Assistant: That’s extraordinary. That’s thing one .
Alexander: Ok, so thing two, what’s the dog called?
Richard: The dog is called Astropup. He’s a dog who likes to travel in space and time.
Alexander: Thing three.
Alexander: What’s he sound like? Read the top clue in the voice of Astropup.
Richard: A near instant cooker patented by Percy Spencer in 1945
Audience: Applause .
Jana - Wonderful!
So Richard, how important is good diction and pronunciation in acting?
Jana: I understand you warm up your voice before recording a story. So for our aspiring actors and public speakers out there, here are a few vocal exercises we’d like to share with you. These exercises are actually called tongue twisters. There are a whole range of exercises you can do depending on what you're using your voice for and especially helpful if you know your trouble spots. And for those of you listening at home do feel free to join in.
Richard: So jana, you repeat after me…
Many Mincing Maidens meandered moodily moorwards
Richard - A pale pink proud peacock pompously preened its pretty plumage
Richard - Betty bought a better bit of butter but the butter betty bought was bitter
Richard - She sells sea shells on the sea shore - good for s’s
Richard - Peter piper picked a peck of pickled peppers.
Richard - And this is a tricky one! The sikh’s sixth sick sheep is sick.
Thank you Richard. That was fun.
And lastly would you like to read your favourite sonnet for us?
Richard - Yes I would love to. It's one of my favourites and also my mums favourite.
Sonnet 130 By Shakespeare.
My mistress' eyes are nothing like the sun;
Coral is far more red than her lips' red;
If snow be white, why then her breasts are dun;
If hairs be wires, black wires grow on her head.
I have seen roses damask'd, red and white,
But no such roses see I in her cheeks;
And in some perfumes is there more delight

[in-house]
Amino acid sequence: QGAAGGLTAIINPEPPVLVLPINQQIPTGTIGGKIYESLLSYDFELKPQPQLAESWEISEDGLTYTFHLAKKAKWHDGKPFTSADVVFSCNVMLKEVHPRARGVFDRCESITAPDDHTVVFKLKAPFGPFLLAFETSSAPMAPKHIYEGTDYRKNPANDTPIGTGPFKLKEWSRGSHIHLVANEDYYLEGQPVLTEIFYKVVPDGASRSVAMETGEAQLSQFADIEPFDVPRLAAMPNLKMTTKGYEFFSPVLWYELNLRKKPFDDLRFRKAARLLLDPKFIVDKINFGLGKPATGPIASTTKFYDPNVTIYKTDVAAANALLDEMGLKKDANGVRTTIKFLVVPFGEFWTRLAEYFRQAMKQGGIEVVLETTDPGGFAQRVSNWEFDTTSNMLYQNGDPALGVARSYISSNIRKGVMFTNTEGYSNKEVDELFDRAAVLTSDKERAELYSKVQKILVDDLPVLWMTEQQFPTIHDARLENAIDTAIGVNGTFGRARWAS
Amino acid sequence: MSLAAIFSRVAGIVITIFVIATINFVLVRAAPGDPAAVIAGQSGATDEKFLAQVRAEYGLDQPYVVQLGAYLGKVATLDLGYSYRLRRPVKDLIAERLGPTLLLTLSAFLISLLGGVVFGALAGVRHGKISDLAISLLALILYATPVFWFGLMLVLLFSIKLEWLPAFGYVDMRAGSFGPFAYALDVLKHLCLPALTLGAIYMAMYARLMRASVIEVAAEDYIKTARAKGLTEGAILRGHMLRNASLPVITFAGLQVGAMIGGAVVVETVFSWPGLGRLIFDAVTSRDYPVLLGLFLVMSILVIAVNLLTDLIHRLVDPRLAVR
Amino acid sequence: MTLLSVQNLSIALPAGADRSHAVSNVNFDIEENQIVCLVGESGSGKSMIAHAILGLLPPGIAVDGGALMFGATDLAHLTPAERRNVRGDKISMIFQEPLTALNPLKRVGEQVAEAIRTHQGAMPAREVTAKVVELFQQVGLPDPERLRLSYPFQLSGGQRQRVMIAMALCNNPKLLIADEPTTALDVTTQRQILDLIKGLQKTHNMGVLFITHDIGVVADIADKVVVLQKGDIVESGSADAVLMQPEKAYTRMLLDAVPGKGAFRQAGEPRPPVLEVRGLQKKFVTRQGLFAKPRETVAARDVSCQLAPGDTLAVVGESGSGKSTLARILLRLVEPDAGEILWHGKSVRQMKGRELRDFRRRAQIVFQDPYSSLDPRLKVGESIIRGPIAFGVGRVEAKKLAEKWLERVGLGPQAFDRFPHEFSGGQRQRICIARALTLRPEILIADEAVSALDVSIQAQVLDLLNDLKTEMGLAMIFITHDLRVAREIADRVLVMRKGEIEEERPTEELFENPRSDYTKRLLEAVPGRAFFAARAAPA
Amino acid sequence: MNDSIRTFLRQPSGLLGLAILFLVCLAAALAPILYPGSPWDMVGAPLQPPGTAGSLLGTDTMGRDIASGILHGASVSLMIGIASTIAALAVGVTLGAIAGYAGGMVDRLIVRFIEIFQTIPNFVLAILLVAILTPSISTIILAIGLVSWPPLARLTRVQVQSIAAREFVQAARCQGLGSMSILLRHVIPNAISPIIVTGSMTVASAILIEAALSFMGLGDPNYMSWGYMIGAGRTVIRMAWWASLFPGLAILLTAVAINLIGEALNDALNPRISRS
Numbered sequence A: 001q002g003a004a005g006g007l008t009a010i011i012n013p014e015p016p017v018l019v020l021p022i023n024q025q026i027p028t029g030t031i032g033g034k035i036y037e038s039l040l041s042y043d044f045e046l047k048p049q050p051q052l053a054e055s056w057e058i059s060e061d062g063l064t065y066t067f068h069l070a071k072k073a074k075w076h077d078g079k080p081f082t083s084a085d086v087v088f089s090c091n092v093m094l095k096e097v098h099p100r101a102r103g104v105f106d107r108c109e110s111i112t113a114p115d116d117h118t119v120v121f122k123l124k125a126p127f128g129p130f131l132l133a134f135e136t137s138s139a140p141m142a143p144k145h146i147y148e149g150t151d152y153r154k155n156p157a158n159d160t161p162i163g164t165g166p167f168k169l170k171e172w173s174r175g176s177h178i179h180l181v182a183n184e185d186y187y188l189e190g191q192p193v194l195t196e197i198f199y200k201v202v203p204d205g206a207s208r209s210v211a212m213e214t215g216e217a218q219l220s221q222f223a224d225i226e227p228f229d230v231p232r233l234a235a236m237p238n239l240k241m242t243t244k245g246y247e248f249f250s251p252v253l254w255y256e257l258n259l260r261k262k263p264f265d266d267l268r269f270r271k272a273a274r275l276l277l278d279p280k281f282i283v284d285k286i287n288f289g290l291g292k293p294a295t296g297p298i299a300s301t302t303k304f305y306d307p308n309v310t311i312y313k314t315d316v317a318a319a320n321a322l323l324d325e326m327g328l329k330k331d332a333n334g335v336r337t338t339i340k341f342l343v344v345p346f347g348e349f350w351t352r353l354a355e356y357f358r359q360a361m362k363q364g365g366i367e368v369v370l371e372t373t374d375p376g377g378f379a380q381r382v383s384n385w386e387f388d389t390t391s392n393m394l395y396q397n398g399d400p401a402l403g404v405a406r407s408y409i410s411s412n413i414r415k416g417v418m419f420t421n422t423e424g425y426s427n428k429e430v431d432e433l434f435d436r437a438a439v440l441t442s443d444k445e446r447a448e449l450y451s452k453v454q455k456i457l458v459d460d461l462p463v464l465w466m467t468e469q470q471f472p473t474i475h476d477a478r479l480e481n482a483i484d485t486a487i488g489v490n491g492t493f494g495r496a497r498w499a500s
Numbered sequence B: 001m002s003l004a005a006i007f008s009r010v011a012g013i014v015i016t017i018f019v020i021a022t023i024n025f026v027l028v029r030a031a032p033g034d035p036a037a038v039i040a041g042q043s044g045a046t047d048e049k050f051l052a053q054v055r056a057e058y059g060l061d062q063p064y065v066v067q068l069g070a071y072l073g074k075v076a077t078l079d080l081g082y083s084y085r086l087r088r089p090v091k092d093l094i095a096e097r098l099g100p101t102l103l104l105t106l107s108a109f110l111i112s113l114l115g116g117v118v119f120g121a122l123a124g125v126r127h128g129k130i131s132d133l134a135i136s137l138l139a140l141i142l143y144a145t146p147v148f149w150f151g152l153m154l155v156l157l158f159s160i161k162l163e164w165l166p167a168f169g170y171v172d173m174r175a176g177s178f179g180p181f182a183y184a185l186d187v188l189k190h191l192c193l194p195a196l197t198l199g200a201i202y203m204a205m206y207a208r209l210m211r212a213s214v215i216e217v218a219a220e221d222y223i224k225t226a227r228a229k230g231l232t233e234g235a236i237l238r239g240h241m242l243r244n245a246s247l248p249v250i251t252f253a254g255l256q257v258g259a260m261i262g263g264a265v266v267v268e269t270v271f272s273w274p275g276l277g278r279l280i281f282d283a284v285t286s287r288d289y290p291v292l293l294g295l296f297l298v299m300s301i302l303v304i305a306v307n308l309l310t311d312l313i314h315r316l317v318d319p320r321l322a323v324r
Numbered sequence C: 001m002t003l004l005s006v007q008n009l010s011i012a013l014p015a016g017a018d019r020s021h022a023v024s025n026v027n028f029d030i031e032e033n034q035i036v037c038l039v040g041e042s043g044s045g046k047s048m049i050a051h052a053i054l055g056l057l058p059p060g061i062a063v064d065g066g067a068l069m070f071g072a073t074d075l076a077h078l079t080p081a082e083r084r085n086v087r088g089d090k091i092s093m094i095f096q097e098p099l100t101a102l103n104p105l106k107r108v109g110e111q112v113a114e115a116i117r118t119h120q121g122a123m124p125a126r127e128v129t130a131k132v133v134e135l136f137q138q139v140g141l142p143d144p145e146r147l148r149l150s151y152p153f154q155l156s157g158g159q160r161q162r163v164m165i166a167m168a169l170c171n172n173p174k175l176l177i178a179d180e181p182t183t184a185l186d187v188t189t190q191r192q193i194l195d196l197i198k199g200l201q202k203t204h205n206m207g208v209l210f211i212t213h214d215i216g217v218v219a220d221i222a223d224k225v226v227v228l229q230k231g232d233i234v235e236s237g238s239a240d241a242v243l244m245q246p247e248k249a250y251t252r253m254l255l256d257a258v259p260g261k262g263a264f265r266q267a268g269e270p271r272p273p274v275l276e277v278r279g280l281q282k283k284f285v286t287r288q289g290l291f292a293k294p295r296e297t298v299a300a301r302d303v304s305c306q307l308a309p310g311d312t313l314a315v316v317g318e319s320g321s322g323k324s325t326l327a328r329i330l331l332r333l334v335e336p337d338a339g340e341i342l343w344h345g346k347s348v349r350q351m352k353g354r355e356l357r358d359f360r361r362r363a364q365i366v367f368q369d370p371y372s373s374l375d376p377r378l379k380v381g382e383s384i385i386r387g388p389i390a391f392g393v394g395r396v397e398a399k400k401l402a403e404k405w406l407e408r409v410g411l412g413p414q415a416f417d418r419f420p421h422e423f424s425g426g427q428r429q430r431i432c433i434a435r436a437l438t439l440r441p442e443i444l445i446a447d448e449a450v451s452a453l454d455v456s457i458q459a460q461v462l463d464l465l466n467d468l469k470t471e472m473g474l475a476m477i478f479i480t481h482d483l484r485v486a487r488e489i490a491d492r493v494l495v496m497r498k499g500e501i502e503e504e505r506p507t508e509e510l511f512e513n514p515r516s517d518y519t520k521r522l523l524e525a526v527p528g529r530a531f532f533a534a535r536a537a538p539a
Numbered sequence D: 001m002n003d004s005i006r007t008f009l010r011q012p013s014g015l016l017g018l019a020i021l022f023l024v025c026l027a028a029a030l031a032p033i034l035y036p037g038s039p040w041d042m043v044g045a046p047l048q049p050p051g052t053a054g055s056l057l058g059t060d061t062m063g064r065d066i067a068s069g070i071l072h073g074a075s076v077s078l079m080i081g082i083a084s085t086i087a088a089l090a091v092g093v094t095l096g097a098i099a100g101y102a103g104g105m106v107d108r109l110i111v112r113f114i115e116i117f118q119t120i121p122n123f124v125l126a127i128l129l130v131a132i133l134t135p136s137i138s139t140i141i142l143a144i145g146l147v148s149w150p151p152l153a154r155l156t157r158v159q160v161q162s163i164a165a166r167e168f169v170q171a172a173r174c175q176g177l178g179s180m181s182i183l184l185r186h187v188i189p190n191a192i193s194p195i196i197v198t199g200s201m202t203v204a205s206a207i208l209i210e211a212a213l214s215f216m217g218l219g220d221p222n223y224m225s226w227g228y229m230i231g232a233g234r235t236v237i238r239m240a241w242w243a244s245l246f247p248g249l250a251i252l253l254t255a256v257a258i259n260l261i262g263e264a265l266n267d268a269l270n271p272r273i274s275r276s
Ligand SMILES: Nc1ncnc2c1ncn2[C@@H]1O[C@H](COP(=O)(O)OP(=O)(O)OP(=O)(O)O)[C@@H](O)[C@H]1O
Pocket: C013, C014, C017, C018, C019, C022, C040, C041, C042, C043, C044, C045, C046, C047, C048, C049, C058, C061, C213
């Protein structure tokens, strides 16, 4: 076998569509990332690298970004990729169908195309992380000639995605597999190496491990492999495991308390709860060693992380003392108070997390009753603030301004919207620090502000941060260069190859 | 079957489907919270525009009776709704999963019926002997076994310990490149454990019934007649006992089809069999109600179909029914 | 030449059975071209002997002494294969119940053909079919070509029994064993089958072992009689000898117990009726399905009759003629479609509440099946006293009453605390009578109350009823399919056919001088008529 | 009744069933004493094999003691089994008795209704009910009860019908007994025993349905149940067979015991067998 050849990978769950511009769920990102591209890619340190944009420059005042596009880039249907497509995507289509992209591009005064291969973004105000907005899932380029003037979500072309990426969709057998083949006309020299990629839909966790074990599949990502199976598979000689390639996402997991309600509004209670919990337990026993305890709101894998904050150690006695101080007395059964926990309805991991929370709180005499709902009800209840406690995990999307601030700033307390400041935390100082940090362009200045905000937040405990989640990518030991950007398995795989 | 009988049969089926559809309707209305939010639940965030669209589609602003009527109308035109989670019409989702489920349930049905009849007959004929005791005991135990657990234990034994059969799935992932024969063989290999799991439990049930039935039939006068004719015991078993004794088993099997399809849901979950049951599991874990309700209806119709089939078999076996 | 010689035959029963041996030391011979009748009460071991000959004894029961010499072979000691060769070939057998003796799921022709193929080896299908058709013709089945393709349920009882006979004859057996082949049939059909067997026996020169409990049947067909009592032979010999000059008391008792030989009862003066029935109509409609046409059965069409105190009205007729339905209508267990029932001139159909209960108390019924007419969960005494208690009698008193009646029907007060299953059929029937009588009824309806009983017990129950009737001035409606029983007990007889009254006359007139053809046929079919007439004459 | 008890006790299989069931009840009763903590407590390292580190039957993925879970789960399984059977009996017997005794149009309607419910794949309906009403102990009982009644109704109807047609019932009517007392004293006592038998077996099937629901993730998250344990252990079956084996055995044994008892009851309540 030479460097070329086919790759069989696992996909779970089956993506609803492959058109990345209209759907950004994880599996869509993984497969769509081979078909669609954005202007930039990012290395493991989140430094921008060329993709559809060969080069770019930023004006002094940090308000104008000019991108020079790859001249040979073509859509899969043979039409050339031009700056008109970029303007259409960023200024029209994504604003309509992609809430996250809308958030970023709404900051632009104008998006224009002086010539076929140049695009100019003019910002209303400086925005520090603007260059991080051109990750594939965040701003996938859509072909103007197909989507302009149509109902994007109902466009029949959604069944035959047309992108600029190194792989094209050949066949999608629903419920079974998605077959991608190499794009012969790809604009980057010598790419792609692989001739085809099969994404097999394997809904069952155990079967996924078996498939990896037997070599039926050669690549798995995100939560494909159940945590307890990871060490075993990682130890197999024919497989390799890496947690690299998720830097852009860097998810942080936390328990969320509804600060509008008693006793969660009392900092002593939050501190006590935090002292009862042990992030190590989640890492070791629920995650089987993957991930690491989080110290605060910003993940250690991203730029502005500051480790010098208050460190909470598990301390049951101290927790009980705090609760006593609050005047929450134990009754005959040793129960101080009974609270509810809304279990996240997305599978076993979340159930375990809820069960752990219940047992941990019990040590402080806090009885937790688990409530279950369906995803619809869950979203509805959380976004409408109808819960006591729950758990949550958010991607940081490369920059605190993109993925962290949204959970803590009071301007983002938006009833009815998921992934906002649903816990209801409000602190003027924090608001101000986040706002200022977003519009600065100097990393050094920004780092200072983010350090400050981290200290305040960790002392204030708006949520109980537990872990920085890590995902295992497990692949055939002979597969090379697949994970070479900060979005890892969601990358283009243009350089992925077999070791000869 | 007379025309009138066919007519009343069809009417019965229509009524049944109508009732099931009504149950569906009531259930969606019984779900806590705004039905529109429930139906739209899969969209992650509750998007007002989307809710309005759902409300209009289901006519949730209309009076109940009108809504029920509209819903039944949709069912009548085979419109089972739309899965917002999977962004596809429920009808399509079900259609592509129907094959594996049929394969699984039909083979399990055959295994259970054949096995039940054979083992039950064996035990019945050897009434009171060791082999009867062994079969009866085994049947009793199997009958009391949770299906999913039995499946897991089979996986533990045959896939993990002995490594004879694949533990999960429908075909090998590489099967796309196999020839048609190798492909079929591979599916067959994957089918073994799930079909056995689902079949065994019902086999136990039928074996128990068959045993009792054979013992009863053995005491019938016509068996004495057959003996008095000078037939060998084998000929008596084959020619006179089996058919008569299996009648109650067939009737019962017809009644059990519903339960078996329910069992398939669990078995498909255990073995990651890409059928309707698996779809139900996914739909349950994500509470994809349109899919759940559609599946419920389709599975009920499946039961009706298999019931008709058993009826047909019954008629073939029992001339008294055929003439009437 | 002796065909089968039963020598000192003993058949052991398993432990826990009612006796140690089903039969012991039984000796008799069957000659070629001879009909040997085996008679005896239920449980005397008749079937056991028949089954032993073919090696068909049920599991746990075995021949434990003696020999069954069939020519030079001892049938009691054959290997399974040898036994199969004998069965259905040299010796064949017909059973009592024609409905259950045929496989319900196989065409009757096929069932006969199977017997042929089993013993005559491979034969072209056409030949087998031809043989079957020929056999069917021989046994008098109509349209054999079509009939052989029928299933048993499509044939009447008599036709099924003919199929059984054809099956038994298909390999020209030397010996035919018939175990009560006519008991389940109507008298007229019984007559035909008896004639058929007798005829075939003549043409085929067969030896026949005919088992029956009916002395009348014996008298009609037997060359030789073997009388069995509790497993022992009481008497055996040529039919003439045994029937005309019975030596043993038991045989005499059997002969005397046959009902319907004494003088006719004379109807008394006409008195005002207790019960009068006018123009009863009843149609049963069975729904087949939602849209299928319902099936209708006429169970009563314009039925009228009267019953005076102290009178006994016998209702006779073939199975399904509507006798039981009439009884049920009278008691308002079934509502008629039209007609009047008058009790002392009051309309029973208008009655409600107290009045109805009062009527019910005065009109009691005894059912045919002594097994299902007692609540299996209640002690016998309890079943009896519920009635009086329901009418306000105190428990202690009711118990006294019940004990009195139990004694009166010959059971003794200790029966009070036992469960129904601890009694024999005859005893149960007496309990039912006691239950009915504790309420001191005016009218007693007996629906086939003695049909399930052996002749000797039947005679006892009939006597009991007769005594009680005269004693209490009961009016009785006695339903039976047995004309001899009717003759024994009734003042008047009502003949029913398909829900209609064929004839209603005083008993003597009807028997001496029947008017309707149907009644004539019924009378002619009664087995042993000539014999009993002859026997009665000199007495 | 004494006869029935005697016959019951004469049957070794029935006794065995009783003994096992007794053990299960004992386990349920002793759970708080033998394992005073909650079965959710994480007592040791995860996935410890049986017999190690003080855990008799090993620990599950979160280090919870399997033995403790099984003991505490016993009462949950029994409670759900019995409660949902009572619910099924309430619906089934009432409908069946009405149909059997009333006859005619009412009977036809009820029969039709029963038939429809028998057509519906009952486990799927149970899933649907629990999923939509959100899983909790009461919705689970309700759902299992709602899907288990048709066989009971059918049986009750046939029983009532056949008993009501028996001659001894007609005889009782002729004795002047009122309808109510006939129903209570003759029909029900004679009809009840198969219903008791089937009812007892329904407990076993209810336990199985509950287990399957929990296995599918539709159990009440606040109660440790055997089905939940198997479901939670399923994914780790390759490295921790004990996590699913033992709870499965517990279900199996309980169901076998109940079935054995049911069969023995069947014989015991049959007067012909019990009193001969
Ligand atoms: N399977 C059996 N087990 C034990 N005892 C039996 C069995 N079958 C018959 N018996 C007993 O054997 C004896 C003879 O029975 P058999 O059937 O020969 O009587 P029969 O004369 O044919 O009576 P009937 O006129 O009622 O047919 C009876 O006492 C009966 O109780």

Than in the breath that from my mistress reeks.
I love to hear her speak, yet well I know
That music hath a far more pleasing sound;
I grant I never saw a goddess go;
My mistress, when she walks, treads on the ground:
And yet, by heaven, I think my love as rare
As any she belied with false compare.
Richard - And Jana, I know how fond you are of Shakespeare's Sonnet 43. This one's for you...
When most I wink, then do mine eyes best see,
For all the day they view things unrespected;
But when I sleep, in dreams they look on thee,
And, darkly bright, are bright in dark directed.
Then thou, whose shadow shadows doth make bright,
How would thy shadow’s form form happy show
To the clear day with thy much clearer light,
When to unseeing eyes thy shade shines so!
How would, I say, mine eyes be blessed made
By looking on thee in the living day,
When in dead night thy fair imperfect shade
Through heavy sleep on sightless eyes doth stay!
All days are nights to see till I see thee,
And nights bright days when dreams do show thee me.
Jana - Beautiful.. very moving! And thanks again to Richard Scott, for joining me today. It's been a real treat.
Richard - Thank you Jana …Been a pleasure.
And as ever, I'd like to remind you, if you'd like to join us on our mission to give a liberal education to the world , you can support Storynory on Patreon. You can find the link on our website
Until next time, take care of yourselves. From me, Jana, and Richard, at Storynory.com.